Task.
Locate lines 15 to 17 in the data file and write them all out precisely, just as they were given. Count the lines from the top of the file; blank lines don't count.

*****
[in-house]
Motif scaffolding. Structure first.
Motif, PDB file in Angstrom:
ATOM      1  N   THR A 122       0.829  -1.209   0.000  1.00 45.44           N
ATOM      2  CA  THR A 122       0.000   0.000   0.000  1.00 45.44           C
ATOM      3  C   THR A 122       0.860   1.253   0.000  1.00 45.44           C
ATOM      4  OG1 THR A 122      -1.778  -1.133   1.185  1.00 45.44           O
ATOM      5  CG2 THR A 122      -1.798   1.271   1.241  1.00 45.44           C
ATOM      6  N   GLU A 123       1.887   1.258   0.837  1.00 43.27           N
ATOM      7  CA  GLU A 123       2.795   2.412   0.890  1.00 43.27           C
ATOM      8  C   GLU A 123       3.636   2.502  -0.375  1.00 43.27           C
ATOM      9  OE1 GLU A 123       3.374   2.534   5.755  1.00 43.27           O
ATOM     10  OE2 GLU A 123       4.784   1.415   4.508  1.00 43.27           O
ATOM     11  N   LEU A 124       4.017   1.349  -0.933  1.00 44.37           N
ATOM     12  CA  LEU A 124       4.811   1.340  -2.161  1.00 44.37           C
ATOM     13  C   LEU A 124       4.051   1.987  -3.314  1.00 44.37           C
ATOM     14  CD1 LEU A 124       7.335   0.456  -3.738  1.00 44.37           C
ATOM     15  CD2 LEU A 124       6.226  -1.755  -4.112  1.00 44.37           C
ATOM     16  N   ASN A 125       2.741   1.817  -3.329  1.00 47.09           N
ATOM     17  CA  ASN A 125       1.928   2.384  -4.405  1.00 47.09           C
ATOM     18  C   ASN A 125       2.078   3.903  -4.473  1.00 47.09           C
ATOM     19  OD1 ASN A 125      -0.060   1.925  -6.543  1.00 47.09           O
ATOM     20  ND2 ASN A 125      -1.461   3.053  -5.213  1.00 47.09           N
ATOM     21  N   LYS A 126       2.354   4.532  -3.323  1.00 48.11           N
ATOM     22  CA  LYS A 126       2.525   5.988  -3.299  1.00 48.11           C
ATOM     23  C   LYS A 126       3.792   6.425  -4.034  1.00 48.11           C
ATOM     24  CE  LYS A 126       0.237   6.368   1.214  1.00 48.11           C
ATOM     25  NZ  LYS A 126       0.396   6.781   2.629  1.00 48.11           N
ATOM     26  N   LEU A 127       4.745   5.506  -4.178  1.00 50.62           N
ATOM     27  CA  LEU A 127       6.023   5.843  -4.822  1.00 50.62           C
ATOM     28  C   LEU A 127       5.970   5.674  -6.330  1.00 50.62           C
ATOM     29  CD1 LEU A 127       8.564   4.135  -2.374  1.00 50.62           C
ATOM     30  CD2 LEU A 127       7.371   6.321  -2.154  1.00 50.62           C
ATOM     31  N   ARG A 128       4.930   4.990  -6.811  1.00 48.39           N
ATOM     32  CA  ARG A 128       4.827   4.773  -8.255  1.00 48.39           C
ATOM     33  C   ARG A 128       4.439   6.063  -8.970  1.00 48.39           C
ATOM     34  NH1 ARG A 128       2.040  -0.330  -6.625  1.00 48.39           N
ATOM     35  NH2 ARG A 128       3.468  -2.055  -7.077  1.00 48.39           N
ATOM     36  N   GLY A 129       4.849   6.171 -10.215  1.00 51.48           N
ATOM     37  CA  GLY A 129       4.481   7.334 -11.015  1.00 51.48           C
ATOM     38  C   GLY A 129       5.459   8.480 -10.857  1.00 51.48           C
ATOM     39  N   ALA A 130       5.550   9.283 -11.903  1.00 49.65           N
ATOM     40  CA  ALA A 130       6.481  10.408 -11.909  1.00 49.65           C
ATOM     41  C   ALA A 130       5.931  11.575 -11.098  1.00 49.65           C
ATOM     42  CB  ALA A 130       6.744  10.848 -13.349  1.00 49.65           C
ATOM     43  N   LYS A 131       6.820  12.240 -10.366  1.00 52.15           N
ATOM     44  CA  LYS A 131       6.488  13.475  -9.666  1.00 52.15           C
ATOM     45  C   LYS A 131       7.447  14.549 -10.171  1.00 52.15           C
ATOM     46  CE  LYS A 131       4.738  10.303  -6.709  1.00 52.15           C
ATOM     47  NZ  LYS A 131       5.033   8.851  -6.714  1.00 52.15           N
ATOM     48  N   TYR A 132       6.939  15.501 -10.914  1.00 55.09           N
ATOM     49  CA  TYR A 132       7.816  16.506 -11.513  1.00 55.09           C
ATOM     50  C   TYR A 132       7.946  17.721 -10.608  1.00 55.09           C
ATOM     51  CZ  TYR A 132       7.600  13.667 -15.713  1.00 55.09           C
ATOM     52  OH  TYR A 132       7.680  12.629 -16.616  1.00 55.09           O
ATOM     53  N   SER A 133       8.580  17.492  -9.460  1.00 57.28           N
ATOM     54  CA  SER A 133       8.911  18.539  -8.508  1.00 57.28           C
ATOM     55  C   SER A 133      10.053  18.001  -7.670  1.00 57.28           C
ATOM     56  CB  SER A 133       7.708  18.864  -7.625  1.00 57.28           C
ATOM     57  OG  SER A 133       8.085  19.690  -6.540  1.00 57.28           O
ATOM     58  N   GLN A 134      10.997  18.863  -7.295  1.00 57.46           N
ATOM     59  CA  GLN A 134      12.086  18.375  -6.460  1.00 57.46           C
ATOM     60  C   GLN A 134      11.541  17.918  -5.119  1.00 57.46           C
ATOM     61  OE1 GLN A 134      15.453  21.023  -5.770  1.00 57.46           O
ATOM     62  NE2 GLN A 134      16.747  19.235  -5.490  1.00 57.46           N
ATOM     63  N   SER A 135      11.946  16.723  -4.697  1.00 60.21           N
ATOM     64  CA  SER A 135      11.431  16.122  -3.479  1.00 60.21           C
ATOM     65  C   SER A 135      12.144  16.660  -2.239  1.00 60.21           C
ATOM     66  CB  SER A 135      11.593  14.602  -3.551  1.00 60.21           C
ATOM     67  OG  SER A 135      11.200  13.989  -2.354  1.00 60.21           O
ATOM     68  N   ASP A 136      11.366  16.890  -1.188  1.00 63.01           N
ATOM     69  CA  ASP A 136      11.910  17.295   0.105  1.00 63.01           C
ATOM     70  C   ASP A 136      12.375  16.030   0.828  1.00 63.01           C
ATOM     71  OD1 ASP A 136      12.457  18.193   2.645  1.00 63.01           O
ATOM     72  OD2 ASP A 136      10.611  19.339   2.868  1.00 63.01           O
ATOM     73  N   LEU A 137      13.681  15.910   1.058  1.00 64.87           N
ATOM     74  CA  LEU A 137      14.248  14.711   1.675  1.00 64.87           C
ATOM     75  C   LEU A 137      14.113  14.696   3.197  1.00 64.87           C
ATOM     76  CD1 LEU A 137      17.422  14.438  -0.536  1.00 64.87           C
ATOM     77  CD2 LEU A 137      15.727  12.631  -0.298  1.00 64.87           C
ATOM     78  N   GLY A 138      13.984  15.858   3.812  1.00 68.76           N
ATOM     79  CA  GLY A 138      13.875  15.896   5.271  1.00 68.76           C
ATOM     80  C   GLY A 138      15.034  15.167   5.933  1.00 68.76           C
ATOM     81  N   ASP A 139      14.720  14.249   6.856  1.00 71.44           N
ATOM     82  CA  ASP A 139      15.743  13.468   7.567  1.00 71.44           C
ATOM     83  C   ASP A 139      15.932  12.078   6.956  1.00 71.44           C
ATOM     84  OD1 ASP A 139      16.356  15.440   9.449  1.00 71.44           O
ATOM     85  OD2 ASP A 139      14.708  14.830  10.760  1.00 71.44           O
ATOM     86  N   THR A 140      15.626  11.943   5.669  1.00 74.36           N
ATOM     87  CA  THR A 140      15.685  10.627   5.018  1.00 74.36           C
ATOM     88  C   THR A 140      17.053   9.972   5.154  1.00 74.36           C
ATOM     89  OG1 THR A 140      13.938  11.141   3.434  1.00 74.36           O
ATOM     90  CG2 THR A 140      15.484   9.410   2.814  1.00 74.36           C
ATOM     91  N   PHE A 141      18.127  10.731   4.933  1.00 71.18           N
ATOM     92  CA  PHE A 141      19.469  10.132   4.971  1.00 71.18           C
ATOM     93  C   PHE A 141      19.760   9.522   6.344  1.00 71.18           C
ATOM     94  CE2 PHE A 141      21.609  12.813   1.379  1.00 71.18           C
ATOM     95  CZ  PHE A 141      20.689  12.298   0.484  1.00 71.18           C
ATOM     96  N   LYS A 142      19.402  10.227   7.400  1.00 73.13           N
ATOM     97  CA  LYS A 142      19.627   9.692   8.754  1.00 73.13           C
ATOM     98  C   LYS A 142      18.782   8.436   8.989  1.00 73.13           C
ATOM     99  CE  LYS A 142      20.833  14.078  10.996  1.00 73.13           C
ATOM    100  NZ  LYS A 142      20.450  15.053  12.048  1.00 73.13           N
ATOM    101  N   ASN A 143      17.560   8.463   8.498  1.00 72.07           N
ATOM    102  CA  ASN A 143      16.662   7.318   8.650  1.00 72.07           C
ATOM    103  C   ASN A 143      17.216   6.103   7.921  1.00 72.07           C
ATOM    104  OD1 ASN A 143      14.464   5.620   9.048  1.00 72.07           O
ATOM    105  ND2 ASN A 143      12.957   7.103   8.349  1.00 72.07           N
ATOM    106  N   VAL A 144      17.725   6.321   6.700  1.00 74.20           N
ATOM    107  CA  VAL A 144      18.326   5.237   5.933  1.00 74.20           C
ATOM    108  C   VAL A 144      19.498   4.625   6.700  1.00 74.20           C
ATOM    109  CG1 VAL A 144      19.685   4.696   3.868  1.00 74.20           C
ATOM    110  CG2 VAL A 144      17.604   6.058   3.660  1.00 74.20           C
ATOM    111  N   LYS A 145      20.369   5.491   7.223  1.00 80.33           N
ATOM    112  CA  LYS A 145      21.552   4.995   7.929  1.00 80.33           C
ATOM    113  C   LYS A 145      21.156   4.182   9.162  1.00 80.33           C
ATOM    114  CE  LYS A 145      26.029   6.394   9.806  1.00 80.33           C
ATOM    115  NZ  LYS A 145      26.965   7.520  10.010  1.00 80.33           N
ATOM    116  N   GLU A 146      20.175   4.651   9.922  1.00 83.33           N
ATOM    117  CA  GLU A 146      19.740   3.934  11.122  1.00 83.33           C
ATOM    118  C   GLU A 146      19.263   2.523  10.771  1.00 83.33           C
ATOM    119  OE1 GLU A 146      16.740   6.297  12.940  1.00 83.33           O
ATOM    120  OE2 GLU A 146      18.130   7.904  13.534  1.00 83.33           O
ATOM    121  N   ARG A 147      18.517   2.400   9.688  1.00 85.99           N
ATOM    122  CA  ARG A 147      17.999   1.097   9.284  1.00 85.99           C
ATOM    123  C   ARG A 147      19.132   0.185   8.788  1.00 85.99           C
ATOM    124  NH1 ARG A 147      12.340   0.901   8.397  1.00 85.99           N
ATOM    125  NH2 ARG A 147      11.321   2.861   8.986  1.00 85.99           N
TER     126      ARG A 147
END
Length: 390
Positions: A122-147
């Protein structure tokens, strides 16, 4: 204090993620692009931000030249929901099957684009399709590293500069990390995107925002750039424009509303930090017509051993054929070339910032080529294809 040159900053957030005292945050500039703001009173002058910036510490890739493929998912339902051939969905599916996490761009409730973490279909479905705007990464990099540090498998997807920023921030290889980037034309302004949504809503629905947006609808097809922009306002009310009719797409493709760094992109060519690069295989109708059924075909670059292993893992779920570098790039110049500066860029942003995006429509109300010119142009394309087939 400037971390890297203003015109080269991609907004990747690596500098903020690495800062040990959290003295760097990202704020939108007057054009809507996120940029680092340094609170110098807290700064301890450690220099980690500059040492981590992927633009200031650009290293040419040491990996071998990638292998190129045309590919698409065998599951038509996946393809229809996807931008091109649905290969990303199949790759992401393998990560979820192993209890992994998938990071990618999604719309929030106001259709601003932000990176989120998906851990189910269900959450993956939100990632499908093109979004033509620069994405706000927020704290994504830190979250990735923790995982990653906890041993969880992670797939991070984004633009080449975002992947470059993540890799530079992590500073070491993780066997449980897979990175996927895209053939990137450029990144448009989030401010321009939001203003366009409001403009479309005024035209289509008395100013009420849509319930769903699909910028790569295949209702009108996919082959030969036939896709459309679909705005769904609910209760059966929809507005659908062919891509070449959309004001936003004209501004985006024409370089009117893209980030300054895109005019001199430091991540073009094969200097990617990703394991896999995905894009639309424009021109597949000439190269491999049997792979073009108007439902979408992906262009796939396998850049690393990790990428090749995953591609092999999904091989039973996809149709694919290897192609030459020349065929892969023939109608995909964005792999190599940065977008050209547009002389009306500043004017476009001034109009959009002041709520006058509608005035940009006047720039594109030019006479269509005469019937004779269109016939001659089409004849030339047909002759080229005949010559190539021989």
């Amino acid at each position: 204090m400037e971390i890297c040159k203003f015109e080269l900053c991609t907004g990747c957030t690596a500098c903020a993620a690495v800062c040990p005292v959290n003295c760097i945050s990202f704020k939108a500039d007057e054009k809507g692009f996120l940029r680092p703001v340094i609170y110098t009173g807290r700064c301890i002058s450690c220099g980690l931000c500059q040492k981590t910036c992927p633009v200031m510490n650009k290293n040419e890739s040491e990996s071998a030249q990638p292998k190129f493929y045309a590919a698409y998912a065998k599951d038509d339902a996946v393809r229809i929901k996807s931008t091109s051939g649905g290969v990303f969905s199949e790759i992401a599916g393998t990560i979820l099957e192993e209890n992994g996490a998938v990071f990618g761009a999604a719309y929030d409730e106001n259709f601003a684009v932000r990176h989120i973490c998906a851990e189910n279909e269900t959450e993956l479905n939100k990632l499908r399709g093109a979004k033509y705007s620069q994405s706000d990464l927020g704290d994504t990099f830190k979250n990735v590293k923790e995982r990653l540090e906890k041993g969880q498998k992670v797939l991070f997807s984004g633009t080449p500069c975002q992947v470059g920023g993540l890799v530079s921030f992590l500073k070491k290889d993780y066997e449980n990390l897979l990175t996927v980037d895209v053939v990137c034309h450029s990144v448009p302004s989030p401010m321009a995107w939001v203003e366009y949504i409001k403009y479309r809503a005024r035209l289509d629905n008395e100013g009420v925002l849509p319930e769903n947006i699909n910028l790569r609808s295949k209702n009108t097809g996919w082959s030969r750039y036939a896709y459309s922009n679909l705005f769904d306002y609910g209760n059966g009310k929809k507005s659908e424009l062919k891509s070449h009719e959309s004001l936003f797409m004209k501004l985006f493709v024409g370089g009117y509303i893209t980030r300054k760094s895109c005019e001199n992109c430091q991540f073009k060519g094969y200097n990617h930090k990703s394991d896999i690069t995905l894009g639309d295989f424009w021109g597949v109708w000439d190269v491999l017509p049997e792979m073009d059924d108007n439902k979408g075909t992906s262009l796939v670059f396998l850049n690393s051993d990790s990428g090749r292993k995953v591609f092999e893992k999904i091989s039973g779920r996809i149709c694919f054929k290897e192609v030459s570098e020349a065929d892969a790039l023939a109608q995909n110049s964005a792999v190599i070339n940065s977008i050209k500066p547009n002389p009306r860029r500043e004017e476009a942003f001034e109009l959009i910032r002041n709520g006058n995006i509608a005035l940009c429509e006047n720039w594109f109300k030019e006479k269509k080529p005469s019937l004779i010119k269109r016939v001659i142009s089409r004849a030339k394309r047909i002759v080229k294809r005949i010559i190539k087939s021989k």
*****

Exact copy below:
ATOM     12  CA  LEU A 124       4.811   1.340  -2.161  1.00 44.37           C
ATOM     13  C   LEU A 124       4.051   1.987  -3.314  1.00 44.37           C
ATOM     14  CD1 LEU A 124       7.335   0.456  -3.738  1.00 44.37           C